Sport is a great analogy for business.
Anyone can take part in sport at one level or another. For example, you can just turn up at a track and run a race, or pop down the tennis club to play a set or two. But without any preparation don’t expect to get a call up to the Olympics squad or The Davis Cup Team. Getting to those events requires a great product (your talent), lots of planning and hard work.
Just like business.
Just as in sport, anyone can set up a business and sell products or services. There may be some regulatory or industry specific constraints (food safety, hygiene, health and safety laws etc.) but otherwise, you can pretty much go for it.
But if you want to be a business Olympian, if you want to win medals, you need to have a great product or service and then you have to plan for success and work hard to deliver it. You need to get stuff done!
Can you succeed?
Can any business succeed with the right planning and hard work? That depends on two things.
The first is your definition of success. If success means £1m turnover, staff and six figure profits, not all business can achieve that. Some business will only ever be part-time kitchen table ventures, but if that is what you want from your business and the expected level of profit is commensurate with that, then it is a success.
The second is having a minimum viable product aligned to your definition of success. Some products or services are just never going to make it commercially. If yours is one of them, accept it and move on rather than pouring good money and time down the drain.
Success through focus and application
But with the right product success can be achieved. Let’s use the sports analogy again. A few years back we were rubbish at cycling. Then the powers that be decided to do something about it. They started by breaking down the problem of winning. Everything from improving the bike, fitness regimes, diet, etc. we examined. Changes were made, tested and adjusted. Every little detail right down to even taking mattresses to improve sleep between Tour de France stages.
In a few short years we had our first Tour de France winner in Sir Bradley Wiggins and now a three times winner in Chris Froome. Besides that, we have serious medal expectations at every cycling event around the world.
You can apply the same approach to your business.
Is there a switch?
The UK’s cycling success didn’t happen overnight and nor will the changes in your business. There’s no magic switch that turns a business into an instant success. But a switch is required for success longer term. It’s a switch in the attitude of you, the business owner. A switch from an attitude that says it’s all someone else’s fault to accepting that it’s down to you. It’s a switch from a ‘can’t do’ or ‘can’t be bothered’ attitude to a ‘can do’ attitude. It’s a switch from seeing endless problems to looking for and finding solutions. From saying why you can’t to asking how you can. From procrastination to ‘let’s get stuff done’
Are you up for the challenge?
You’re reading this blog so you already have the attitude to learn. But learning is only worthwhile if it translates in to action. You have to implement what you learn. You have to implement the plans to make your business a success. That is the key to achieving your targets and goals.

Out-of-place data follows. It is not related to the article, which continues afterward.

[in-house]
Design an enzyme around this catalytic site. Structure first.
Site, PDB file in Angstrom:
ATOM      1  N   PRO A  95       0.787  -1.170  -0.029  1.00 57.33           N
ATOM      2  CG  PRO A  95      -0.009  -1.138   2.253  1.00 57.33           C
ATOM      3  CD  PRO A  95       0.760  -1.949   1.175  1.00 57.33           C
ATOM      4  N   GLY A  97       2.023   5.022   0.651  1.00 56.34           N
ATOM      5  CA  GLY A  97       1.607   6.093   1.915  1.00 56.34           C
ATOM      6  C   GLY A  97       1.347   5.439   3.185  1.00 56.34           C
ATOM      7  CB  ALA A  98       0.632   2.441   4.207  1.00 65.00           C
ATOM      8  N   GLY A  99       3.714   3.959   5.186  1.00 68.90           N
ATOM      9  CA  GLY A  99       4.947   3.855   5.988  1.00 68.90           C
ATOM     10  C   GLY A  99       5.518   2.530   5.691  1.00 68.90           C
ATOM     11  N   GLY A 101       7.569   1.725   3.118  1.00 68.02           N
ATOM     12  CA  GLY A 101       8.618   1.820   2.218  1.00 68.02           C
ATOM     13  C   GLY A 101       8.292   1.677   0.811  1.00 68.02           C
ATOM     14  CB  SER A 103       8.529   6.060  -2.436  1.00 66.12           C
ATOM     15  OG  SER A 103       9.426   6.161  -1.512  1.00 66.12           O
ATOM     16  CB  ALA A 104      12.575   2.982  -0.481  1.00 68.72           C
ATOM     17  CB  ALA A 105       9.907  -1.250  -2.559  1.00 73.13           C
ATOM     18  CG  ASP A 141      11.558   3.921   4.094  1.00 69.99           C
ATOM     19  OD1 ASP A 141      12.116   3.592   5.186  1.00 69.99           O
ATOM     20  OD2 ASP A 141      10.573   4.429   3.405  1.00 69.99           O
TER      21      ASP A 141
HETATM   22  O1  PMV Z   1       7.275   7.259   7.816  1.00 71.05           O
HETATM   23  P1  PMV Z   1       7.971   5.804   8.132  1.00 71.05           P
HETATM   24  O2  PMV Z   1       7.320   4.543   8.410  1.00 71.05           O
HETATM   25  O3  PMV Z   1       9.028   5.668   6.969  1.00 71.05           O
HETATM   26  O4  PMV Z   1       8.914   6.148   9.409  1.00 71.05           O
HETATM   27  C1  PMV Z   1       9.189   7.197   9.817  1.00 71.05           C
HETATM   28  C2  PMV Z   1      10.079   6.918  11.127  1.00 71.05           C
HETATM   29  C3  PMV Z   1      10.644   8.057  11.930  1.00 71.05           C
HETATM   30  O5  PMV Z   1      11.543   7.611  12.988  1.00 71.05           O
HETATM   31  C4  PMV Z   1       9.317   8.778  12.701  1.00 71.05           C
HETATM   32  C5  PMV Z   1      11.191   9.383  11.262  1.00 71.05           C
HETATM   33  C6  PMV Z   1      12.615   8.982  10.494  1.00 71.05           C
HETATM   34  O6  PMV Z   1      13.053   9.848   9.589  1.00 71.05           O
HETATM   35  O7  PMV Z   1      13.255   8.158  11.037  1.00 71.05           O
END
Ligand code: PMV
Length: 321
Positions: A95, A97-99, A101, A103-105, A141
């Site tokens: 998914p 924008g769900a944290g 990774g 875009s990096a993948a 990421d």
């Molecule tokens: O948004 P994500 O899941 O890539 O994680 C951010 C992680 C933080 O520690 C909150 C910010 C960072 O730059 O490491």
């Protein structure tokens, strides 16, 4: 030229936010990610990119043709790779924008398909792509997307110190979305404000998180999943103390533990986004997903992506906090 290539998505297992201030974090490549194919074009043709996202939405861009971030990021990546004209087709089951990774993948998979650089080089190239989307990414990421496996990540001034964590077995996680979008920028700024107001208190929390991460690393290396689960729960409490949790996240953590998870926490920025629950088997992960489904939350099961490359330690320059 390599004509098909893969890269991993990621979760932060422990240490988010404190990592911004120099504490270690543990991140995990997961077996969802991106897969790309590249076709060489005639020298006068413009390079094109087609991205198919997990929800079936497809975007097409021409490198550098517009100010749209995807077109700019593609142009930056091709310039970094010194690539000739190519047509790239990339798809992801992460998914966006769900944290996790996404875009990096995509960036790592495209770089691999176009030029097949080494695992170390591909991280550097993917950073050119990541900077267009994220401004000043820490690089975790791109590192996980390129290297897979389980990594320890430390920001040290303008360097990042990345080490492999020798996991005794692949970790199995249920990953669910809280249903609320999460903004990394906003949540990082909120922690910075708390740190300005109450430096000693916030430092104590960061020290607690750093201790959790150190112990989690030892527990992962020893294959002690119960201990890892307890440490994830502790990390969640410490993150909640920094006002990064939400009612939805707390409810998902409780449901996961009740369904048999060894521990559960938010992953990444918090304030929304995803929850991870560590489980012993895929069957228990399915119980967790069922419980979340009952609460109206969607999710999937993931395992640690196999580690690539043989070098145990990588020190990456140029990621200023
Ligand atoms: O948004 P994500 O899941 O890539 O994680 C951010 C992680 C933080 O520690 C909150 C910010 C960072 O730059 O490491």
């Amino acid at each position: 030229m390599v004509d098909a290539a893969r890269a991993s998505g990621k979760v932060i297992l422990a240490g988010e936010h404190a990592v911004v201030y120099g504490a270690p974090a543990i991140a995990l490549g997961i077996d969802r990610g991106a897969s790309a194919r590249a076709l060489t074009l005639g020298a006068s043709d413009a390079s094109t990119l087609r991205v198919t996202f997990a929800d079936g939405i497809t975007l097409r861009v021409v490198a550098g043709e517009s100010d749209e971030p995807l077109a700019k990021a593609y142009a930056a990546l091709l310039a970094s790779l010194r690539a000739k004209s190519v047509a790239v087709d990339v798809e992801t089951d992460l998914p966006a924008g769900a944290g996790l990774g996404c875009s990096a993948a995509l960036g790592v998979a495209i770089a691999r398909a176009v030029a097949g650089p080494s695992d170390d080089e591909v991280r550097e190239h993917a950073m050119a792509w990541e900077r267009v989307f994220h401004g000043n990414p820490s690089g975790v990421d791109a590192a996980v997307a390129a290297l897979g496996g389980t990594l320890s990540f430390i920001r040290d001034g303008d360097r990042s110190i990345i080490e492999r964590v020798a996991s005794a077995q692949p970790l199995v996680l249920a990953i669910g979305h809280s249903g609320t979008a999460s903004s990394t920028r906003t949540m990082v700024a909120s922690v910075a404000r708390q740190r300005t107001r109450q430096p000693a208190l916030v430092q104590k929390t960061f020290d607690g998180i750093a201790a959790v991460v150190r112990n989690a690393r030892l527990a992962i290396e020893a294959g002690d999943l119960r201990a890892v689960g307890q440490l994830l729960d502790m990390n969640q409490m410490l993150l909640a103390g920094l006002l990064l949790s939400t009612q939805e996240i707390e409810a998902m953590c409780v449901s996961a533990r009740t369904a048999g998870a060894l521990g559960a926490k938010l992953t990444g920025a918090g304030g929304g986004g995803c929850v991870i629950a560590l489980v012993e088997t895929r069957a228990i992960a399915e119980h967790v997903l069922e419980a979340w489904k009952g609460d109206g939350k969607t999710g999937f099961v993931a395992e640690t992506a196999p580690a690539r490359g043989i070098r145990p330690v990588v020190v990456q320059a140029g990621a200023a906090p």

The first step is setting goals for you and your business. They might be financial. They might be about getting more free time. They might be about having fewer clients, but of the right type. Whatever they are, they need to be ambitious. Break them down from the longer term goals into annual, quarterly, monthly and even weekly goals or targets. Read my blog from 7th July 2017 (http://www.arra-li.com/leadership/goal-setting-dont-aim-for-mediocrity/) about setting goals.
Next, you need to identify the key things that will enable you to achieve your goals and then create a plan to do them. Focus on the short term, most immediate goals. Then take incremental steps. Rome wasn’t built in a day and you don’t need to change everything in your business immediately. Have somethings that will deliver short term gains whilst you work on the longer term, potentially bigger changes.
The secret to success
Implementation – without it the rest is a waste of time. But don’t think that you have to do it all yourself. If you have a team of staff much of what needs to get done can be delegated, allowing you to focus on the critical stuff you are best at or on the stuff only you can do.
If you don’t have a team, get one. With Vas (virtual assistants) available by the hour in most aspects of business support it’s now much easier to get cost effective support for your business as you grow towards needing, and being able to afford, permanent staff. It’s all about empowerment – of your team and yourself.
What if I make mistakes
Mistakes are ok if you learn from them. Don’t get frightened by them. Ask any very successful entrepreneur what they would change on their journey and most would say they wished they had failed faster. Failure taught them the lessons to be successful. So give yourself permission to make mistakes.
Get stuff done
This is the first in a series of blog posts about implementing critical stuff in your business. Marketing stuff, process stuff, control stuff, management and leadership stuff. Each post will be about fixing something important in one aspect or another in your business. There will be tools to help along the way, holding your hand through each aspect of building your business. But for now, start thinking about those goals I talked about earlier. Here’s the link to the blog post again: http://www.arra-li.com/leadership/goal-setting-dont-aim-for-mediocrity/
Re-visit, re-write or even just create your goals and prepare for next week’s blog. Let’s get stuff done together.